Hunter started off promisingly. While he faded toward the end of his first match, he held on for a close win. In the quarter finals he was trailing late in his match to Zach Beitz of Penn State. His coach later observed he was so injured that rather than brace any falls with his arms, he would go right into a head first roll. As time expired, Hunter manufactured a winning two point reversal, sending him to a stunning place in the Big Ten semifinals. He winced in the pain as the ref tugged on his arm to attempt to raise it in victory.
Hunter would not win another match in 2015 but he was winning the devotion of everyone who watched him gut out the effort that, without which, the Buckeyes would not have won their first league title in 64 years. He went out for the semifinal match against defending national champion Jason Tsirtsis of Northwestern. Rather than strapping on a red anklet, Hunter offered his hand to a gracious Tsirtsis, who accepted the injury default win. Hunter does not think of himself as a leader but people will always follow a person with that sense of courage and devotion.
The Buckeyes had entered the semifinal round down seventeen points to Iowa, but by the end of the night they had squeezed out a 1.5 point lead. As the wrestlebacks began to unfold, it looked as if every point would matter, so hearing the crowd as Hunter's consolation semi-final match was announced, he emerged from the locker room, untaped and unprepared, to wrestle for those points a higher place would bring. It was clear early on Hunter could not use his left arm at all. He tied the match at three, went in for a takedown he would normally complete, but without a usable arm to reel in his opponent, was twisted and pinned. As the unseeded Illinois wrestler paraded in exultation, tactless in accepting his gift, an injured champion stayed on his knees, helpless to make his body do as he commanded.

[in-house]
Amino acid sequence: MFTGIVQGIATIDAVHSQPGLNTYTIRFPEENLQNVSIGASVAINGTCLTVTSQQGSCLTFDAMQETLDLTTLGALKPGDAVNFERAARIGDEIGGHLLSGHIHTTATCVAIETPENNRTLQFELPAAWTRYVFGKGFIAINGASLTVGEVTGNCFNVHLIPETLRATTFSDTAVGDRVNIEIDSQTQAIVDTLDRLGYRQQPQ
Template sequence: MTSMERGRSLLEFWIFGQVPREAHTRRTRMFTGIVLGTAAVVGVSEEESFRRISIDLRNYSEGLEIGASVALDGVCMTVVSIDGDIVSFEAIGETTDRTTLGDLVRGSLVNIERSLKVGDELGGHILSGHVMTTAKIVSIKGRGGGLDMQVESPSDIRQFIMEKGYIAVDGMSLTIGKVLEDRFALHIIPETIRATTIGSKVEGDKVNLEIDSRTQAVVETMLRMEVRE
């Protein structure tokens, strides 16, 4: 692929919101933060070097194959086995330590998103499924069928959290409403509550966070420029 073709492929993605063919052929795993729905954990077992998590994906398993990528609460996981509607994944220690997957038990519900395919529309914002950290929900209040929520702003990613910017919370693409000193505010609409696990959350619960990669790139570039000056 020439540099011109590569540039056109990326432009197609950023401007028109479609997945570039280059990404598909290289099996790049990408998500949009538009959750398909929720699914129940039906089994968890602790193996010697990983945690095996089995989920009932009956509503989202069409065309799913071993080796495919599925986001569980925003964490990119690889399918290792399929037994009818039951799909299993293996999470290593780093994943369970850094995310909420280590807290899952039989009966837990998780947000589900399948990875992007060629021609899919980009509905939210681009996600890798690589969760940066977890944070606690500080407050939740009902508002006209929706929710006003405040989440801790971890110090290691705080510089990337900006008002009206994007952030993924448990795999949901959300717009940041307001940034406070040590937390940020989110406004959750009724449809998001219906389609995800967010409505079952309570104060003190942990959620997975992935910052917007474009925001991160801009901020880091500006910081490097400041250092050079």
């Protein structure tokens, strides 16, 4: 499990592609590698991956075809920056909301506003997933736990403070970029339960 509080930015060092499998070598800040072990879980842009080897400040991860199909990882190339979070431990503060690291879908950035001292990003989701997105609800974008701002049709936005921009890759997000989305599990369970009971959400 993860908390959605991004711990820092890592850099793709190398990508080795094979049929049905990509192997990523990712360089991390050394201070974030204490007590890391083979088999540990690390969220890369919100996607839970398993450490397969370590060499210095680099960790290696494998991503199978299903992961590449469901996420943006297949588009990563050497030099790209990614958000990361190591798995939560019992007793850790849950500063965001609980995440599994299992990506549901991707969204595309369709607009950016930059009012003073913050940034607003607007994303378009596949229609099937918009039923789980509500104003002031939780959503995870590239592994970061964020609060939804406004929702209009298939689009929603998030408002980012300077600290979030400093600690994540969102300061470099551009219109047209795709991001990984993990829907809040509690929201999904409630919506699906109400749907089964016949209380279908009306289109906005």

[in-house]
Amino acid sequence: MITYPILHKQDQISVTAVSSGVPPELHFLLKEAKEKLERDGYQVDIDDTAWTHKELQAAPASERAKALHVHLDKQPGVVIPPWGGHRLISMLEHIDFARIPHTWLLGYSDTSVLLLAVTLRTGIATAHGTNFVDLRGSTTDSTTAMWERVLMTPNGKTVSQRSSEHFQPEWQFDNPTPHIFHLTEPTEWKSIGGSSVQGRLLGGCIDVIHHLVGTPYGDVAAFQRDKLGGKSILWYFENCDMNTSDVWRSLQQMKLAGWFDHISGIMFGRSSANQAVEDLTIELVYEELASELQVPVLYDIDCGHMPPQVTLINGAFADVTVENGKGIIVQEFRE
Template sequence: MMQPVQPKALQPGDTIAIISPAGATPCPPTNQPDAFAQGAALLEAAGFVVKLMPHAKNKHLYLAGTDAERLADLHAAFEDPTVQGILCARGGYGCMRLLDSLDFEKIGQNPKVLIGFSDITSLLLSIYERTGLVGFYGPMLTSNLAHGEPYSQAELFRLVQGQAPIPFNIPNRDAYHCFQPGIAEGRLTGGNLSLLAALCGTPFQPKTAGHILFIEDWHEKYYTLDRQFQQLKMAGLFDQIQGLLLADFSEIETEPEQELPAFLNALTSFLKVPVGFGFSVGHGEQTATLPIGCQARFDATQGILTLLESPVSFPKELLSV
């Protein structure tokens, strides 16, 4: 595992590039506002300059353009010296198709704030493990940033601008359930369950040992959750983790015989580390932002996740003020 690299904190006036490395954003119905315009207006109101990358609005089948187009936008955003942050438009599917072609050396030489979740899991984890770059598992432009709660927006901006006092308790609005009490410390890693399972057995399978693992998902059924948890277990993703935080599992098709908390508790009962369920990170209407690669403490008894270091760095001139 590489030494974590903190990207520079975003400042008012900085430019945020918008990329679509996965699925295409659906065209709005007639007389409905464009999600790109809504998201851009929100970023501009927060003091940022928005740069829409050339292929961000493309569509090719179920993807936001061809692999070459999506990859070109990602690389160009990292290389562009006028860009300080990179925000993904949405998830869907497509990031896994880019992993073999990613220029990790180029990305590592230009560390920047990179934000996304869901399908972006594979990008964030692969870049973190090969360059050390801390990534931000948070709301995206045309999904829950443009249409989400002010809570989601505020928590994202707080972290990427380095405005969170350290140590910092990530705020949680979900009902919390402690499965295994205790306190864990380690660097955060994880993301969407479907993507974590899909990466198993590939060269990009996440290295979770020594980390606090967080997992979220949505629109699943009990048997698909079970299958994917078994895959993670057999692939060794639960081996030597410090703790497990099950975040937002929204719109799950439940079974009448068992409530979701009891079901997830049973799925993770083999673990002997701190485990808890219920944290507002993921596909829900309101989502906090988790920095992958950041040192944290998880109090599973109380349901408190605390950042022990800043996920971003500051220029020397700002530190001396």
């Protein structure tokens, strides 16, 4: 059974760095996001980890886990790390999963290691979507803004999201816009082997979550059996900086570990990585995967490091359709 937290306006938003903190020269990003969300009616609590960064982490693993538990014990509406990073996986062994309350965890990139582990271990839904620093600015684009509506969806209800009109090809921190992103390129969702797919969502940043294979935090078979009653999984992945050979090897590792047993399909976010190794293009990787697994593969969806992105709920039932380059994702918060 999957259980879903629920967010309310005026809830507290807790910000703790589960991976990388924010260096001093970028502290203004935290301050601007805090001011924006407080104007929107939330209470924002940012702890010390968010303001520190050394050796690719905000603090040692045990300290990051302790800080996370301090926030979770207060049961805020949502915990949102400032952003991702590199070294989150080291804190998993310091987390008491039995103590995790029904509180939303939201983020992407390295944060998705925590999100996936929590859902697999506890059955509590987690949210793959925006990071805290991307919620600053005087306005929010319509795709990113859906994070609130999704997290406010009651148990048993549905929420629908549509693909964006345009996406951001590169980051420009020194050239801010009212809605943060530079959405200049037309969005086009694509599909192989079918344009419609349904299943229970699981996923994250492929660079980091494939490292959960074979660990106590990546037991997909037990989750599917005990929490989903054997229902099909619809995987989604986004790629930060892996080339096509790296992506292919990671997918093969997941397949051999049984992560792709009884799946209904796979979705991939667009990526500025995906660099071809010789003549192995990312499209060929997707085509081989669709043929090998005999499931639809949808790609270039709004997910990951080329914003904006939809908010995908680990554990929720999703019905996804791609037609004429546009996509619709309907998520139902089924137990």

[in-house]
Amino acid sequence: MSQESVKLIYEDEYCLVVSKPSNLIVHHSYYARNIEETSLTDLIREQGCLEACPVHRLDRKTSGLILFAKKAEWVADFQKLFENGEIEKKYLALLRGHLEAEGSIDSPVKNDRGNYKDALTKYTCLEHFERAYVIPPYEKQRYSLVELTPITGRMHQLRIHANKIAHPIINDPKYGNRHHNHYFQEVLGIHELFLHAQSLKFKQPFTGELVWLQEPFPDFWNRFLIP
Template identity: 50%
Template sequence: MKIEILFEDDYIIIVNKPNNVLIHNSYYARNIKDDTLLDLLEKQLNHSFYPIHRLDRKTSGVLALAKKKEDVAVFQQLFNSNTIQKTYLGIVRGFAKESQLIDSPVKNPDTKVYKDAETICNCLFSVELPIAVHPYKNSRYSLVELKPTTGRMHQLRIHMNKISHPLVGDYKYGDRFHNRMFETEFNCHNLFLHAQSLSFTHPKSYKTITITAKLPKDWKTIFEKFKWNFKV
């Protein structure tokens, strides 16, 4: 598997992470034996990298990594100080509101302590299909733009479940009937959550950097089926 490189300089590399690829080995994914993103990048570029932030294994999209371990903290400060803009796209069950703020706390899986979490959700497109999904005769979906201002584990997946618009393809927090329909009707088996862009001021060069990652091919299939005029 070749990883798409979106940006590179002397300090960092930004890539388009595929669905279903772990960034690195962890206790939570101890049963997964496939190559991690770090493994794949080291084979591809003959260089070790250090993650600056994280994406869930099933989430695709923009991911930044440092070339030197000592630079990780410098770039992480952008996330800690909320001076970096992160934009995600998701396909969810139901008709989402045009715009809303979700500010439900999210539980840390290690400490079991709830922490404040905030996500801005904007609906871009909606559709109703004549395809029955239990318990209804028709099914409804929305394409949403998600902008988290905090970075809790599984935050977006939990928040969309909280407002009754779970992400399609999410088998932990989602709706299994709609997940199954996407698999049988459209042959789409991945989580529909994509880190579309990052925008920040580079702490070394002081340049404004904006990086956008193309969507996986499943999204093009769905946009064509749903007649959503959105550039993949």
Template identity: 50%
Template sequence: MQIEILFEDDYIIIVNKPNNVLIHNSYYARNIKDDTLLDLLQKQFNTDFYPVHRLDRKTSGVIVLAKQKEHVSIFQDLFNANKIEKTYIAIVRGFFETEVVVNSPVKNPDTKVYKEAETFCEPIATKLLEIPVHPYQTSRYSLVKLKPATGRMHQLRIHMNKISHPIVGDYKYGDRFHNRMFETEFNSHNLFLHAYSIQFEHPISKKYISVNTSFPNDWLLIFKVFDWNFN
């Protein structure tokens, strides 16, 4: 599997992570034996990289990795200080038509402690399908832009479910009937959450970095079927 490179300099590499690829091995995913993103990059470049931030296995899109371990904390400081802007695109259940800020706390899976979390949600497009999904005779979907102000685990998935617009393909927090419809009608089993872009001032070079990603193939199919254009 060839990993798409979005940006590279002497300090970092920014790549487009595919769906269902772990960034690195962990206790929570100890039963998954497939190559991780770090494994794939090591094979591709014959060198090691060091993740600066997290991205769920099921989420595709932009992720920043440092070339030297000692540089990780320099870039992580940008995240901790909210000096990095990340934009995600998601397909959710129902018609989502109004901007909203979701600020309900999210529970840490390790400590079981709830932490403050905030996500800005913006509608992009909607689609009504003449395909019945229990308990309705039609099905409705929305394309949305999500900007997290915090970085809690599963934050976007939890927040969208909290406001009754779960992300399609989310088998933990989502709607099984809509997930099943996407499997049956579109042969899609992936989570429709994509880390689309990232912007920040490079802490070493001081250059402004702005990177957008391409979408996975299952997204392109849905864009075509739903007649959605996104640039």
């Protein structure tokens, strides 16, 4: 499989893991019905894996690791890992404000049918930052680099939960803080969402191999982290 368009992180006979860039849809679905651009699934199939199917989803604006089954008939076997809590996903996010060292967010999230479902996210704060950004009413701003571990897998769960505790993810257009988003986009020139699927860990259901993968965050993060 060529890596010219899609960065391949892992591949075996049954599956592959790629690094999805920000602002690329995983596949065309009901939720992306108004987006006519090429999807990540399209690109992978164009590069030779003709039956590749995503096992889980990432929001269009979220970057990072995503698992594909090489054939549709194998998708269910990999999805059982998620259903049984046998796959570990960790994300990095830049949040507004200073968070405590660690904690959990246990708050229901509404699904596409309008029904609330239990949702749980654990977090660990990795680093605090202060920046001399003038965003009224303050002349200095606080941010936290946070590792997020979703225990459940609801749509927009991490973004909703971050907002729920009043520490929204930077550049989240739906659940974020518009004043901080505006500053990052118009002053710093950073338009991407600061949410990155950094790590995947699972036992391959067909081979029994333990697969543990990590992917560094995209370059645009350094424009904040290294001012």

Other wrestlers played a big role. Johnni DiJulius and Josh Demas only lost to one wrestler each. Though they did that twice each, their fourth place finishes provided critical points. Moments before Kyle Snyder took the mat for the Buckeyes' last shot at an individual title, Iowa benefitted from the number one seed from Penn State forfeiting his third place match to Nathan Burak of Iowa, leaving the Hawkeyes at 120 points after the bonus points were added.
Fortunately, an impassioned and resentful Mark Martin had already hit an overtime takedown in the 174 match. That point had also gotten the Buckeyes to 120 points. As the crowd later counted the last seconds of Northwestern's Mike McMullan taunting win over Bobby Telford of Iowa in the heavy championship match, it was over. Hunter Stieber had provided the essential points with his sixth place win, and Mark Martin's determined surge add the one point needed. The Buckeyes were Big Ten champs and the generations overdue celebration was on.